The Administrative Component is responsible for coordinating Pilot &Feasibility Projects, Scientific Core Facilities, Enrichment, and all other activities of the P30 Center. Drs. Sorscher, Kirk and the Business Officer (Ms. Diane Baer) oversee day-to-day administrative operations, and arrange for planning, evaluation, and peer review. The objective of the Administrative Core is to provide effective and integrated processes for our CF Research Base.
Specific Aims are as follows:
Specific Aim 1. To assure smooth and coordinated operation of all P30 components. This includes ongoing assessment of the most effective ways to best serve CF investigators participating in the Center.
Specific Aim 2. To carry out P30 administrative responsibilities set forth by NIH and the University of Alabama at Birmingham. This includes budgeting, monitoring, assessment and reporting requirements associated with the Center grant. In order to accomplish these objectives, the Administrative Core implements recommendations from both internal and external advisors. P30 leadership and advisory committees assure optimal use of Center resources in a fashion that promotes synergy between P30 Components and among the UAB Research Base.

Public Health Relevance

During the current funding cycle, the Administrative Core has worked diligently to assure efficient operation of the NIH Center. Core leadership is experienced and strongly committed to maintaining a rigorous, collaborative, and multidisciplinary research environment. The Core has provided dedicated leadership in these areas, and is well positioned to continue in this capacity in the future.

National Institute of Health (NIH)
National Institute of Diabetes and Digestive and Kidney Diseases (NIDDK)
Center Core Grants (P30)
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Special Emphasis Panel (ZDK1-GRB-7 (J1))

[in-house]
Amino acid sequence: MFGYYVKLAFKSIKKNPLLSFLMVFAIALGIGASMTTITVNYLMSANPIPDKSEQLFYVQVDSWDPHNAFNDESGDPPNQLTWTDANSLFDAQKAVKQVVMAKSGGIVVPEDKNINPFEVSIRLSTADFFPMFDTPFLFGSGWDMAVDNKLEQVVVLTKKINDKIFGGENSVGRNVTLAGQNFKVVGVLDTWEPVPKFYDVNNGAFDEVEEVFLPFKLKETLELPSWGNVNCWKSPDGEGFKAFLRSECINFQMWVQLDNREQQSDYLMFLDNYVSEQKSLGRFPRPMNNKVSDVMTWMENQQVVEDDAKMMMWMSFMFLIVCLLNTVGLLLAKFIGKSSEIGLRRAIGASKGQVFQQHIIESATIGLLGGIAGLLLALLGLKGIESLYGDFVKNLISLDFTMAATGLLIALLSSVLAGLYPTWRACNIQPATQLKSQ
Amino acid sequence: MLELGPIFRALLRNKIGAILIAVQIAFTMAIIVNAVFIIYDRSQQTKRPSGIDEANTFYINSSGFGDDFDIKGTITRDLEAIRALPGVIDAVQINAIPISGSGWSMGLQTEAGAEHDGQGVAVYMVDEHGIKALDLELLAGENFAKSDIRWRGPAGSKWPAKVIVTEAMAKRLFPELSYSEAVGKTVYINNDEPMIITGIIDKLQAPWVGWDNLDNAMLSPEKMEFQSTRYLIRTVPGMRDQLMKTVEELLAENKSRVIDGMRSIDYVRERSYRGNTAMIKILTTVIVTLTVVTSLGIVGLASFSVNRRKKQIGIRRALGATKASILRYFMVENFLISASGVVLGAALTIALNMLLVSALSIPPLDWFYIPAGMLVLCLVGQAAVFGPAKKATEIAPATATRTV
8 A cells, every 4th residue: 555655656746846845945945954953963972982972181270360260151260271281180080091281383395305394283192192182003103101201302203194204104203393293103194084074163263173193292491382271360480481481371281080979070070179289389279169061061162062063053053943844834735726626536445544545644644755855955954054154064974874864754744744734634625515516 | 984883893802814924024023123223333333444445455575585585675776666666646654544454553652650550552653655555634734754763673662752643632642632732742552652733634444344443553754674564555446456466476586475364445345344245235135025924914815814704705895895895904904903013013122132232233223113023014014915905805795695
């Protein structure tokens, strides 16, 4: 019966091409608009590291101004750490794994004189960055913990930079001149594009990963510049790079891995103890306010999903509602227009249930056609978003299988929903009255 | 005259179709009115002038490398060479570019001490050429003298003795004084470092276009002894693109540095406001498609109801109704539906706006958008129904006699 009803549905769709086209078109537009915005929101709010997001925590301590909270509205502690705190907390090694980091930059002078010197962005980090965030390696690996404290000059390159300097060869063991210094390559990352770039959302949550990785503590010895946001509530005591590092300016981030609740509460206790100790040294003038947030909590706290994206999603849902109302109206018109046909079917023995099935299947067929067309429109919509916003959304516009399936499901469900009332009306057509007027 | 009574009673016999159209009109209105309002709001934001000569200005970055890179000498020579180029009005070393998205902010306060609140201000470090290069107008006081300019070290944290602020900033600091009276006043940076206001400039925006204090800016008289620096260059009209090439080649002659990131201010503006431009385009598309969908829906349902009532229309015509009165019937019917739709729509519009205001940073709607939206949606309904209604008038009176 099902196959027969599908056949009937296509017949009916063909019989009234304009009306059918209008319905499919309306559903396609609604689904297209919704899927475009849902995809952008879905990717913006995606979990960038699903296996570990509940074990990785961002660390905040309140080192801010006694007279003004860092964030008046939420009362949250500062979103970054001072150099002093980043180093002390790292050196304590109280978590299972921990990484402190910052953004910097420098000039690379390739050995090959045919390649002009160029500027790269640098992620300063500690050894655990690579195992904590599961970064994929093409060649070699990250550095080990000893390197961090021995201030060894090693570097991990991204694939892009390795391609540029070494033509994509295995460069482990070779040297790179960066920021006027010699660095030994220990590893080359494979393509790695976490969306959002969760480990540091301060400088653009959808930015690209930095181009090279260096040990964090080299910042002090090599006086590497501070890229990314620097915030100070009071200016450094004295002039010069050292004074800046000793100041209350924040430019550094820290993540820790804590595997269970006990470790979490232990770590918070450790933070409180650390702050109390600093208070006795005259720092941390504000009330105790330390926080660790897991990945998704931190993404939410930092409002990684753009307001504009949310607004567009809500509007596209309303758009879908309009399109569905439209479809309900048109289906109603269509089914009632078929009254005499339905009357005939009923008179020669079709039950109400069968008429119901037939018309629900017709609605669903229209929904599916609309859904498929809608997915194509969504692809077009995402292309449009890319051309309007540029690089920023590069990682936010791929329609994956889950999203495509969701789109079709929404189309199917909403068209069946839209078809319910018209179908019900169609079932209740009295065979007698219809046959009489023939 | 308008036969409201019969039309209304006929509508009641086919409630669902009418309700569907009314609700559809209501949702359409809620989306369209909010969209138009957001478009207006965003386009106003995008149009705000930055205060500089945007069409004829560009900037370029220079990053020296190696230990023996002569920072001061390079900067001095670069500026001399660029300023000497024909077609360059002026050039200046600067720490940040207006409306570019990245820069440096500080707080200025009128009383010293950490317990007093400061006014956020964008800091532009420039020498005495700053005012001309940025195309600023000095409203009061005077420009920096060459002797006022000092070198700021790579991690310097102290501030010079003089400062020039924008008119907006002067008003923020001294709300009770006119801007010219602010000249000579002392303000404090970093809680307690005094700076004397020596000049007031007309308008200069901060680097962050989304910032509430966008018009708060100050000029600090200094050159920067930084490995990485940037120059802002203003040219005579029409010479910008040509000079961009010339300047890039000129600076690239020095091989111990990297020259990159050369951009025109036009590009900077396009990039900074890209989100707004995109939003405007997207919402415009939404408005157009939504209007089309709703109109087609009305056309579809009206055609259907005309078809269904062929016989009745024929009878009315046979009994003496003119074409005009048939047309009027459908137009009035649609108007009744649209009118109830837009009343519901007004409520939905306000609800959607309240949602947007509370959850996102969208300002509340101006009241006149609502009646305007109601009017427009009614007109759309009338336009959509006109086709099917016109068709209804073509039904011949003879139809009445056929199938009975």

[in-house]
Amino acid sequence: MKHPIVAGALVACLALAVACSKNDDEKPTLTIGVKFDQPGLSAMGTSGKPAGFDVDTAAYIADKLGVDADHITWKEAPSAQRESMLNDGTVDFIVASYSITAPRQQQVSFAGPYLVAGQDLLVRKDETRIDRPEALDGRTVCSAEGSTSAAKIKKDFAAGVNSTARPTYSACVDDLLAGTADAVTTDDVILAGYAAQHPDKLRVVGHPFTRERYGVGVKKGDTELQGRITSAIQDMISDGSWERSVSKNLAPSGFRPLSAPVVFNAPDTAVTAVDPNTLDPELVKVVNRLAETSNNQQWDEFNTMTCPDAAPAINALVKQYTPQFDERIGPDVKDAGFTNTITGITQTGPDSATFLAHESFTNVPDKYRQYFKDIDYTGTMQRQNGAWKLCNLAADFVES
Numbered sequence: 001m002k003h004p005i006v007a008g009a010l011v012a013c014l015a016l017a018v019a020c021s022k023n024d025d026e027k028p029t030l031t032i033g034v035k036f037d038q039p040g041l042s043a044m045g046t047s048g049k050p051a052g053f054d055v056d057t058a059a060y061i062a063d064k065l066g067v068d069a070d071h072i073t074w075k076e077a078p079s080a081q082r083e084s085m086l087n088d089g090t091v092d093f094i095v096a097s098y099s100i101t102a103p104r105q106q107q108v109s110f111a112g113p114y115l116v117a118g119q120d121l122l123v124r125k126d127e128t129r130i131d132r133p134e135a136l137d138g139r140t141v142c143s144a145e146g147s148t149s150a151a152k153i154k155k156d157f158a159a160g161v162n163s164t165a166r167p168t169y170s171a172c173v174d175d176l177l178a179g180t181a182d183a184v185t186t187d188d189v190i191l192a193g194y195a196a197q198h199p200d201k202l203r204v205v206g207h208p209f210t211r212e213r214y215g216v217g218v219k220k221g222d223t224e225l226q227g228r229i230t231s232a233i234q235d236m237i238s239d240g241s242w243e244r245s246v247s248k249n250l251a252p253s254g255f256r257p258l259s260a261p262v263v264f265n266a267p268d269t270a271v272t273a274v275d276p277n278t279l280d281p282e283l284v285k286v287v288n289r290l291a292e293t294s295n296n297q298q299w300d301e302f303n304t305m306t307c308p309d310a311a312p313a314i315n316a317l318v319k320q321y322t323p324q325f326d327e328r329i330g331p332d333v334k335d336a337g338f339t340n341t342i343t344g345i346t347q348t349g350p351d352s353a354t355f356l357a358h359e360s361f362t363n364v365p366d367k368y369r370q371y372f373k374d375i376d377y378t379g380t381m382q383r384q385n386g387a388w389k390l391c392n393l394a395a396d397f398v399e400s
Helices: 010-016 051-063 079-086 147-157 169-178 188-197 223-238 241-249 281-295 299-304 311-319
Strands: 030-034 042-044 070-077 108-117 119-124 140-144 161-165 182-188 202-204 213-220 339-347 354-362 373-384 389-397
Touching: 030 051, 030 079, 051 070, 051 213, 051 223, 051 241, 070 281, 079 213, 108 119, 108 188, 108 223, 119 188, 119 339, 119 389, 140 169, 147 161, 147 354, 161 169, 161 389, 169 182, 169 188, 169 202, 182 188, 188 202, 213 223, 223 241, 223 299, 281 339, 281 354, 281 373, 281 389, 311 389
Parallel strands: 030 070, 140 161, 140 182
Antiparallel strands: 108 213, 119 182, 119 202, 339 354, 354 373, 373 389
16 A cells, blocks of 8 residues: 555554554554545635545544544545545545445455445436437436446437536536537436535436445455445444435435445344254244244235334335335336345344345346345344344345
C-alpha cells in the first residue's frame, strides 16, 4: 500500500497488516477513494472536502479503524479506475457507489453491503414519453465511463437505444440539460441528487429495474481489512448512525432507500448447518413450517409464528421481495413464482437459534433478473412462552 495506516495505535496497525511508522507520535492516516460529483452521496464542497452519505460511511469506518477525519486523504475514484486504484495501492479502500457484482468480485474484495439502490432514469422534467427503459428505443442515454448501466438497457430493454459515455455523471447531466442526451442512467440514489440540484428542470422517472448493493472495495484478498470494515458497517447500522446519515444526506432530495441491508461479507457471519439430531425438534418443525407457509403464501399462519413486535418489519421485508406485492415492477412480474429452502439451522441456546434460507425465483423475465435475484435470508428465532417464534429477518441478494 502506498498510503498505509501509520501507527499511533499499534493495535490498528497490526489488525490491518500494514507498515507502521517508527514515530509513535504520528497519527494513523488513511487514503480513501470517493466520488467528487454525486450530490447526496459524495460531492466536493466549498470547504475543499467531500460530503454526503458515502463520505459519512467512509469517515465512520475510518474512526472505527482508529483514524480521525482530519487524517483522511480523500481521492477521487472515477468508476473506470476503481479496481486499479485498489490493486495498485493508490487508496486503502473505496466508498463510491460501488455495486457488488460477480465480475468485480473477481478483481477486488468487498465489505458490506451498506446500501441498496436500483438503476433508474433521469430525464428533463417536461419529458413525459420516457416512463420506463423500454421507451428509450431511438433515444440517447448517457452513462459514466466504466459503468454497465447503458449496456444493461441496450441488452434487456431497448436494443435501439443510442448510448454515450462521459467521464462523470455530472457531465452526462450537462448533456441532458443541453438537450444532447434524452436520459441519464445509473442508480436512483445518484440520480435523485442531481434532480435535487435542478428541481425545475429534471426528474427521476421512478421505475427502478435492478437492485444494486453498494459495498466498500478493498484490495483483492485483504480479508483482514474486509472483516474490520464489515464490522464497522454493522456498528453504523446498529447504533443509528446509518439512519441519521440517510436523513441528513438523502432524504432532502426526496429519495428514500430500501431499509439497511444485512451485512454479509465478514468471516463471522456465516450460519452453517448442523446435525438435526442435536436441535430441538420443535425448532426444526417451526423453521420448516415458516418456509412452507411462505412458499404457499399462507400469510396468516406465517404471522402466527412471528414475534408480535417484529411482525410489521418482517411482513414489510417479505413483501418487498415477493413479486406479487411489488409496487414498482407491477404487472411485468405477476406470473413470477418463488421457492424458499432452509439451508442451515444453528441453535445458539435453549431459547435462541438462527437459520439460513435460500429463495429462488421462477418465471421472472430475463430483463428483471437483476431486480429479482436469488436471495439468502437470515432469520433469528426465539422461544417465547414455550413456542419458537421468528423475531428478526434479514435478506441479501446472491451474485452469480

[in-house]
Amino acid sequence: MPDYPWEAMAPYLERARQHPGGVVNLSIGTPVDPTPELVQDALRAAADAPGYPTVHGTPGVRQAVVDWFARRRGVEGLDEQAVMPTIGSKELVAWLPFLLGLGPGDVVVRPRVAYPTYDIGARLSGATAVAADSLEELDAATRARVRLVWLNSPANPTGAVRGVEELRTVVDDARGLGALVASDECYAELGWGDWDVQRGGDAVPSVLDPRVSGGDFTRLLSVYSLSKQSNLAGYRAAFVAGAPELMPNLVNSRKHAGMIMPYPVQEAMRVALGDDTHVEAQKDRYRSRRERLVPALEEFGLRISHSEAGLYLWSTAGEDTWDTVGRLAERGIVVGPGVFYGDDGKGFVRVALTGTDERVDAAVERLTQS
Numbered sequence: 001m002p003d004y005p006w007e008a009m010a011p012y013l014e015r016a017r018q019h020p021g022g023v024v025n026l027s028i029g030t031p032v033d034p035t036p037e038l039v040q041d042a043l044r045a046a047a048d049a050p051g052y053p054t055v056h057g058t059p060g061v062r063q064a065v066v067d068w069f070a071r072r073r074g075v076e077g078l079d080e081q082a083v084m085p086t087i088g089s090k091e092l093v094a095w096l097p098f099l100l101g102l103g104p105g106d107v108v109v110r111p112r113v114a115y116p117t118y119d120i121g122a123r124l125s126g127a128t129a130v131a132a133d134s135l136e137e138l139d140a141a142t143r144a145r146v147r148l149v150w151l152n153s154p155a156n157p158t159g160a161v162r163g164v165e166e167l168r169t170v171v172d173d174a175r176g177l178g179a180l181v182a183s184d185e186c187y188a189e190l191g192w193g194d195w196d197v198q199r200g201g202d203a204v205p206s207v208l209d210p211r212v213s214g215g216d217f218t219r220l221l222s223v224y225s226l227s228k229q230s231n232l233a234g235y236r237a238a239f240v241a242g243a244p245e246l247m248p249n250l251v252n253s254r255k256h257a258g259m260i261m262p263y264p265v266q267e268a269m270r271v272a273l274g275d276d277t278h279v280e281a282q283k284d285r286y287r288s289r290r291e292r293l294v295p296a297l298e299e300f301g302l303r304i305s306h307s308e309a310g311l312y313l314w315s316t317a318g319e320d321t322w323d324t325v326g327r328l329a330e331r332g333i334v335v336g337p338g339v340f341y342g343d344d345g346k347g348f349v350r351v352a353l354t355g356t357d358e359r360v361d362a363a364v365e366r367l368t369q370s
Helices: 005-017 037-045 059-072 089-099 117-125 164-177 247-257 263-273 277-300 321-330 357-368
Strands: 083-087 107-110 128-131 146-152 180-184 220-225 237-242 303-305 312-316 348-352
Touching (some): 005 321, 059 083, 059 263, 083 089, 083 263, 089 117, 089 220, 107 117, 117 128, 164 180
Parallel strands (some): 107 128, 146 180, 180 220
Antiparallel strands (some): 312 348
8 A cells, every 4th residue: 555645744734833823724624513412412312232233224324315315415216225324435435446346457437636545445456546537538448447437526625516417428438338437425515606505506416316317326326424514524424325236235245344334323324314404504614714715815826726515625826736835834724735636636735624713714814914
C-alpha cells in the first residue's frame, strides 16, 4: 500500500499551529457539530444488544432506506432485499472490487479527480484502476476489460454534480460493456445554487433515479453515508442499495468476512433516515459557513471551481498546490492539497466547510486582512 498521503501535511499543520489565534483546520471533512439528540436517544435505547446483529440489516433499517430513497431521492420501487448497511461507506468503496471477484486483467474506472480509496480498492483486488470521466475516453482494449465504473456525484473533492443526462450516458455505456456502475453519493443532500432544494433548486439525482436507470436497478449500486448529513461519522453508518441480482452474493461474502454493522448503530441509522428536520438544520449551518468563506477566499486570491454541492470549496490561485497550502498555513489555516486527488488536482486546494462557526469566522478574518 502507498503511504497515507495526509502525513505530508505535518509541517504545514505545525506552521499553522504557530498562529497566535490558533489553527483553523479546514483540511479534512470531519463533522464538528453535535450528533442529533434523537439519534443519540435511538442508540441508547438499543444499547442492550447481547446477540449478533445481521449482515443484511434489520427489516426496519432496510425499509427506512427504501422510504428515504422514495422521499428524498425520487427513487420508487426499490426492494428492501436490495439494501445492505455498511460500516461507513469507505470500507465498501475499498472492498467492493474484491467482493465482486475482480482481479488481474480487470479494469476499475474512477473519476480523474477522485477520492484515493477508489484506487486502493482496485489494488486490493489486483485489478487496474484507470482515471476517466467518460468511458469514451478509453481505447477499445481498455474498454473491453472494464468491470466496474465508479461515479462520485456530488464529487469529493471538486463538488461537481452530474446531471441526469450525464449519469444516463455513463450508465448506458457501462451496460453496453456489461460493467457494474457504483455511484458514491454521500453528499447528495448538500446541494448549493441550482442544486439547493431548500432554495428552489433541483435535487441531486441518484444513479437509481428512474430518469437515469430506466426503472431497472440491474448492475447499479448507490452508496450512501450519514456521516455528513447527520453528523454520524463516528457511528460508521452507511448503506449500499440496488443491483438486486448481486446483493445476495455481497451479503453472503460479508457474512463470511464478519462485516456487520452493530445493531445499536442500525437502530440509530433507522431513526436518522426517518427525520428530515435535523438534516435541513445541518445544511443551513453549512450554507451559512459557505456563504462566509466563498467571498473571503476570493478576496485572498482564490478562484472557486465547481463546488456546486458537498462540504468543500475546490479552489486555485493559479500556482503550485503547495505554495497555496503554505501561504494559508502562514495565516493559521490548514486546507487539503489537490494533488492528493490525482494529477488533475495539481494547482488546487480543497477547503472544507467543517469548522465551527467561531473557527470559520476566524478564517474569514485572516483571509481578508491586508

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University of Alabama Birmingham
United States
Zip Code
Heltshe, Sonya L; Rowe, Steven M; Mayer-Hamblett, Nicole (2014) Evaluating the predictive ability of sweat chloride. J Cyst Fibros 13:118
Hill, Aubrey E; Plyler, Zackery E; Tiwari, Hemant et al. (2014) Longevity and plasticity of CFTR provide an argument for noncanonical SNP organization in hominid DNA. PLoS One 9:e109186
Dean, Nichole; Ranganath, Neel K; Jones, Brandon et al. (2014) Porcine nasal epithelial cultures for studies of cystic fibrosis sinusitis. Int Forum Allergy Rhinol 4:565-70
Lee, Seakwoo; Henderson, Mark J; Schiffhauer, Eric et al. (2014) Interference with ubiquitination in CFTR modifies stability of core glycosylated and cell surface pools. Mol Cell Biol 34:2554-65
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Xue, Xiaojiao; Mutyam, Venkateshwar; Tang, Liping et al. (2014) Synthetic aminoglycosides efficiently suppress cystic fibrosis transmembrane conductance regulator nonsense mutations and are enhanced by ivacaftor. Am J Respir Cell Mol Biol 50:805-16
McClure, Michelle L; Wen, Hui; Fortenberry, James et al. (2014) S-palmitoylation regulates biogenesis of core glycosylated wild-type and F508del CFTR in a post-ER compartment. Biochem J 459:417-25
Zhang, Shaoyan; Ranganath, Neel K; Skinner, Daniel et al. (2014) Marked repression of CFTR mRNA in the transgenic Cftr(tm1kth) mouse model. J Cyst Fibros 13:351-2
Boyle, Michael P; Bell, Scott C; Konstan, Michael W et al. (2014) A CFTR corrector (lumacaftor) and a CFTR potentiator (ivacaftor) for treatment of patients with cystic fibrosis who have a phe508del CFTR mutation: a phase 2 randomised controlled trial. Lancet Respir Med 2:527-38
Tuggle, Katherine L; Birket, Susan E; Cui, Xiaoxia et al. (2014) Characterization of defects in ion transport and tissue development in cystic fibrosis transmembrane conductance regulator (CFTR)-knockout rats. PLoS One 9:e91253

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